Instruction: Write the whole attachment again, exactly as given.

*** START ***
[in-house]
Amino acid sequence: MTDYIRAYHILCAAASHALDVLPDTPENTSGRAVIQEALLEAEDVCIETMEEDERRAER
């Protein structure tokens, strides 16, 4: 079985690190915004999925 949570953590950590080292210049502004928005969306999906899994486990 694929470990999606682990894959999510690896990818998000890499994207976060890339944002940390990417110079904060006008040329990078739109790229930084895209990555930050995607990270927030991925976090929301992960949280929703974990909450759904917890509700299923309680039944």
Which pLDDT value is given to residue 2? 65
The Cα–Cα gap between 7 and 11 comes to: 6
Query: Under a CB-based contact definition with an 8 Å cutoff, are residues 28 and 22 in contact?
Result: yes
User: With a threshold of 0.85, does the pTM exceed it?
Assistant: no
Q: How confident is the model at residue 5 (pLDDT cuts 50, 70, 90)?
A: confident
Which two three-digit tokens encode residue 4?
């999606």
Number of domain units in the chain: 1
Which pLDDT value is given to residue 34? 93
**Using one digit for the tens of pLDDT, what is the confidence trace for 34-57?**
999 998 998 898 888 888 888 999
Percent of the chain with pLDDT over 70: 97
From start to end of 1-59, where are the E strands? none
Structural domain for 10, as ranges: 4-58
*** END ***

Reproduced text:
[in-house]
Amino acid sequence: MTDYIRAYHILCAAASHALDVLPDTPENTSGRAVIQEALLEAEDVCIETMEEDERRAER
């Protein structure tokens, strides 16, 4: 079985690190915004999925 949570953590950590080292210049502004928005969306999906899994486990 694929470990999606682990894959999510690896990818998000890499994207976060890339944002940390990417110079904060006008040329990078739109790229930084895209990555930050995607990270927030991925976090929301992960949280929703974990909450759904917890509700299923309680039944």
Which pLDDT value is given to residue 2? 65
The Cα–Cα gap between 7 and 11 comes to: 6
Query: Under a CB-based contact definition with an 8 Å cutoff, are residues 28 and 22 in contact?
Result: yes
User: With a threshold of 0.85, does the pTM exceed it?
Assistant: no
Q: How confident is the model at residue 5 (pLDDT cuts 50, 70, 90)?
A: confident
Which two three-digit tokens encode residue 4?
């999606």
Number of domain units in the chain: 1
Which pLDDT value is given to residue 34? 93
**Using one digit for the tens of pLDDT, what is the confidence trace for 34-57?**
999 998 998 898 888 888 888 999
Percent of the chain with pLDDT over 70: 97
From start to end of 1-59, where are the E strands? none
Structural domain for 10, as ranges: 4-58